Felt platen

MTBob

Well-Known Member
I could not make a quality knife without my felt platten. ( most important tool in my shop )
I do not use it for grinding blades but for handles and accessories like guards and butt caps.
It softens the edges and makes the lines flow together. Try one you will love it.
I also use it when I have a SOFT handle material with stainless pins, an ordinary platten and belt tend to leave high spots where the pins are sitting or if you apply to much grinding pressure gouge out the handle material.
I have even used them on a blade spline where you want a slight rounded effect.
I use it to make pommel nuts by spinning them with a drill into the felt platten.
I found a store that sells felt liners for winter boots and simply glue it to a piece of platen material. When it wears out scrape it off and glue on another piece.


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Wow, excellent work! If having a felt platen gets these results... I'm getting some felt! (Beyond the felt, I'll betcha there's a boat load of experience and honed skills involved in your workmanship.)
 

MTBob

Well-Known Member
FWIW, Here's a method I used to make a leather face attachment for my platen a long time ago. I didn't want to goober up the platen face, so I just tack welded a clip to some 1/8" plate and suspended the fixture. It's held in position with several neodymium button magnets. Mostly used it to minimize belt bounce on finer grit belts.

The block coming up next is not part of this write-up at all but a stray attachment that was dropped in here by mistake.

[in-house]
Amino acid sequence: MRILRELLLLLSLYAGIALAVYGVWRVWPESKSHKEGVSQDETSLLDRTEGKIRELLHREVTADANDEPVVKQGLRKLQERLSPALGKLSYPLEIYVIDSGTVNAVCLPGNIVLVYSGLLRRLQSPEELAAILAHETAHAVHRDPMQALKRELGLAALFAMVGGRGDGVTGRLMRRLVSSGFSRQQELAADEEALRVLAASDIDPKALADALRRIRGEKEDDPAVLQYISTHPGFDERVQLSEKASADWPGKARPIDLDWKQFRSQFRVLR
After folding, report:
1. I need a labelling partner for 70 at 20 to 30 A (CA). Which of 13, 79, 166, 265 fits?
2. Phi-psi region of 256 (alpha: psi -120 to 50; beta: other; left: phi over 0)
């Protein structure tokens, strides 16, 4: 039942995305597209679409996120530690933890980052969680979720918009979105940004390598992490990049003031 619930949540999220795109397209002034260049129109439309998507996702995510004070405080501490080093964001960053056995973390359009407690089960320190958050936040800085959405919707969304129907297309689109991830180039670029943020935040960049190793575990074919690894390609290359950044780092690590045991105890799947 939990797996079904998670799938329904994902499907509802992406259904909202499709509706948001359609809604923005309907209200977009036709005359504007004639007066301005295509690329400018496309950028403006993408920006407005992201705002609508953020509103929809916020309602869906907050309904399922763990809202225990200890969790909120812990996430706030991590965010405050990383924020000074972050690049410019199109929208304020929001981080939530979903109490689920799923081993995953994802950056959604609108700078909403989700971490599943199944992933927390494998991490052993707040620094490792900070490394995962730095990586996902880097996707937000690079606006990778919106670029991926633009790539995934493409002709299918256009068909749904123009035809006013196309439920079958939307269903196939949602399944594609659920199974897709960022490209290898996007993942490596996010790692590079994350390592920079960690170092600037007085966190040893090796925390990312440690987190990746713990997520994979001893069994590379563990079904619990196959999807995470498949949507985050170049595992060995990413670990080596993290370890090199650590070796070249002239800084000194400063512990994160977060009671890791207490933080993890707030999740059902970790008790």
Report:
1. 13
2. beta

I think I'll change out the leather with some felt and see how that works.
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fitzo

KNIFE MAKER
Thanks for the pics, @EdCaffreyMS . I asked Gliden07 for a pic to see how proud the felt was run of the platen wheels. Way more than I thought. Thanks for the tip. Making me think about switching over to 2 2x2" contact wheels instead of aluminum, too.

I was eyeballing my rotary sitting in the toolarm tree yesterday and decided it's time to get it out and see how it works after the long rest. Hope that belt is still in good condition. Have you had to replace the belt, Ed? They seem impervious but Time is inexorable.
 

Smallshop

KNIFE MAKER
FWIW, Here's a method I used to make a leather face attachment for my platen a long time ago. I didn't want to goober up the platen face, so I just tack welded a clip to some 1/8" plate and suspended the fixture. It's held in position with several neodymium button magnets. Mostly used it to minimize belt bounce on finer grit belts.
I think I'll change out the leather with some felt and see how that works.
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Clever!
I notice you are quite a tool maker....how many of them ideas happen when watching a boring TV show with the missus....? (about half of mine do...lol)
 

MTBob

Well-Known Member
how many of them ideas happen when watching a boring TV show with the missus
Ted, There's nothing quite like watching network TV, or what passes for "news", to numb the mind and think of something creative. I'm not all that good of a knife maker, so solving problems and making tools adds to the fun.
 

Taz575

Well-Known Member